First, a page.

It was my first time and, with rummaging around, it took over an hour to rebuild my caliper. If I had to do it again now, after having done one, and if I had a piston clamp, I think it would take 20-30 minutes.

The literature that came with my seal kit showed the rover part no. for the piston clamp as: 18G 590. I think I've seen piston clamps in harbor freight too.

Good Luck!
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Old February 16th, 2008, 04:58 PM
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Great information. Suppose I ought to do both sides. A quick search doesn't return much for piston clamp, but I'll keep digging. Where did you get your seals and pistons?
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Old February 16th, 2008, 05:16 PM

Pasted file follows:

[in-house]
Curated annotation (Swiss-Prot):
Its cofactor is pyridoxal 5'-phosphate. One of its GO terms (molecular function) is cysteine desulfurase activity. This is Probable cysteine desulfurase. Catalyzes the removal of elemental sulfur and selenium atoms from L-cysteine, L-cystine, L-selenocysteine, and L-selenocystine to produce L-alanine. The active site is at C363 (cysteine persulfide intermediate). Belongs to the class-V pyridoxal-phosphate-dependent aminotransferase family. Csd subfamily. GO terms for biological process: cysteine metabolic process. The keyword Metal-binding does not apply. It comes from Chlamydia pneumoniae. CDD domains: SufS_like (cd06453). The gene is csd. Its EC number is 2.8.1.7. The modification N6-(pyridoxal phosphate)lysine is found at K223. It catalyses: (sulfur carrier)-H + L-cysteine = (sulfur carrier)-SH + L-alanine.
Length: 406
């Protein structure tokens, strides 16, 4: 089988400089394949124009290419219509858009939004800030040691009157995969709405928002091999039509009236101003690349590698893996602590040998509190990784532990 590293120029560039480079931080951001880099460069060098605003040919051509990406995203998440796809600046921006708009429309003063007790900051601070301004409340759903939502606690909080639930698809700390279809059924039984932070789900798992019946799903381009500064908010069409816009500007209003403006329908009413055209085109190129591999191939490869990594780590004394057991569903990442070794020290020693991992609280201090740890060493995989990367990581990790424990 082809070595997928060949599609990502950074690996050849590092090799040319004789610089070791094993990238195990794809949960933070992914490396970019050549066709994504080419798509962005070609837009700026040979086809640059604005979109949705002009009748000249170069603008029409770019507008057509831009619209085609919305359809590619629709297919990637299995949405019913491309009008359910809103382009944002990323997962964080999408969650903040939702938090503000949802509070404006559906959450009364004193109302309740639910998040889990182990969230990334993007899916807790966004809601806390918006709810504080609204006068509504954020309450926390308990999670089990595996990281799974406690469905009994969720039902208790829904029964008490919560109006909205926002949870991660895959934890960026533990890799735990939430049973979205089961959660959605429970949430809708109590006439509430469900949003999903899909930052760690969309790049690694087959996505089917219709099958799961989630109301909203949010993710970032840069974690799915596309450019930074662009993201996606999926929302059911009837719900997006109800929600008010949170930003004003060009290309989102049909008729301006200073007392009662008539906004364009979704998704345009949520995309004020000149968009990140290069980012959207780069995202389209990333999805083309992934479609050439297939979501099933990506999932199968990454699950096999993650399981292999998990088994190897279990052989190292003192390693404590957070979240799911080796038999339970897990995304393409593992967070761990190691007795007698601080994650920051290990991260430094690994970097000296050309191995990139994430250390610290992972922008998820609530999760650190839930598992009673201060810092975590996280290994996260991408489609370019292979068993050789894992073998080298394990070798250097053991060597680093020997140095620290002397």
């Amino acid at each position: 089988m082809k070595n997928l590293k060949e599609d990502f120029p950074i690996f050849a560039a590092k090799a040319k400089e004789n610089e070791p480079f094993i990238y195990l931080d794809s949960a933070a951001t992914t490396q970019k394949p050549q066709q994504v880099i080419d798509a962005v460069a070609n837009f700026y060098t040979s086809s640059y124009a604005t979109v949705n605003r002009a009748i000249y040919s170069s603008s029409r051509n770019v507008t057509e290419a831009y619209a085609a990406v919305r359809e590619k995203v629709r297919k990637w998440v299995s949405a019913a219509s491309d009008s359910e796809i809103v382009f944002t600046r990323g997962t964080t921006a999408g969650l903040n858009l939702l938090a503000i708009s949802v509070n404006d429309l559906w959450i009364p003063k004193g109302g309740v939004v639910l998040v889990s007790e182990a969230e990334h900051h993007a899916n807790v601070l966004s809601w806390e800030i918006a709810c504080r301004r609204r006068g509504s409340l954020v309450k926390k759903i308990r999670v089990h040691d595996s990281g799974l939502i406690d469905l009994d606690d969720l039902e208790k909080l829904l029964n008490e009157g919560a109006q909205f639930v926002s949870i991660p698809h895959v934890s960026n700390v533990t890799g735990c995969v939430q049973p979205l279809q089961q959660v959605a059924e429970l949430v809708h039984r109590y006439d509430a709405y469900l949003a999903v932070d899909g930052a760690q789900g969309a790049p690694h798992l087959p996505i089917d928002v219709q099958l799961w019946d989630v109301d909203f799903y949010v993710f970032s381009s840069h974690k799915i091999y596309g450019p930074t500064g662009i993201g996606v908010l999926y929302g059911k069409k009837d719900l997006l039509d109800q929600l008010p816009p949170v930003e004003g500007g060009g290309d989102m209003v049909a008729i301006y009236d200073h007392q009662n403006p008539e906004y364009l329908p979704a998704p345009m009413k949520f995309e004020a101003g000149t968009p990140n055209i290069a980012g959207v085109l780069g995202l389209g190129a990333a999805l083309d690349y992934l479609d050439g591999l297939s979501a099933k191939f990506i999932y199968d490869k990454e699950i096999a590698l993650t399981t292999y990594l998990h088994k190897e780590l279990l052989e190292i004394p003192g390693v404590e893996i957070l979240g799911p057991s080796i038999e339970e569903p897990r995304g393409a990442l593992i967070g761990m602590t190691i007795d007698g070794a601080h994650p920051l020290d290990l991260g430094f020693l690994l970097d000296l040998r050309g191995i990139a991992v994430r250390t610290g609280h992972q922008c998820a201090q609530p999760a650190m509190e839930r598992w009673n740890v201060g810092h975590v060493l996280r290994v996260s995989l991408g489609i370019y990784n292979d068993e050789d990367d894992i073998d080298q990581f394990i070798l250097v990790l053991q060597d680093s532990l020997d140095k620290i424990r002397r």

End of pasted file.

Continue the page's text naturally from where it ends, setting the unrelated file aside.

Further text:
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Got mine from DAP I think. Pistons can get pricey, mainly because you need 4 of them.

I'm used to working with very thin sheet metal parts, so I was able to get the seals in with just my thumbs. I do NOT recommend that method, the metal retaining rings are way too easy to bend out of shape, which ruins them. A bearing press may work as well.

-Hans
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Old February 16th, 2008, 05:26 PM
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I actually talked to George at RDS, and he has complete front kits for ~$129, including all seals and SS pistons. I think I'll go that route.


And what the hell does this mean, from the manual:

The fluid seal and the groove are not the
same in section so that when the seal is seated it
feels proud to the touch at the edge furthest away
from the mouth of the bore.
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Old February 17th, 2008, 11:39 AM
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Quote:
Originally Posted by Andrew Vick


And what the hell does this mean, from the manual:

The fluid seal and the groove are not the
same in section so that when the seal is seated it
feels proud to the touch at the edge furthest away
from the mouth of the bore.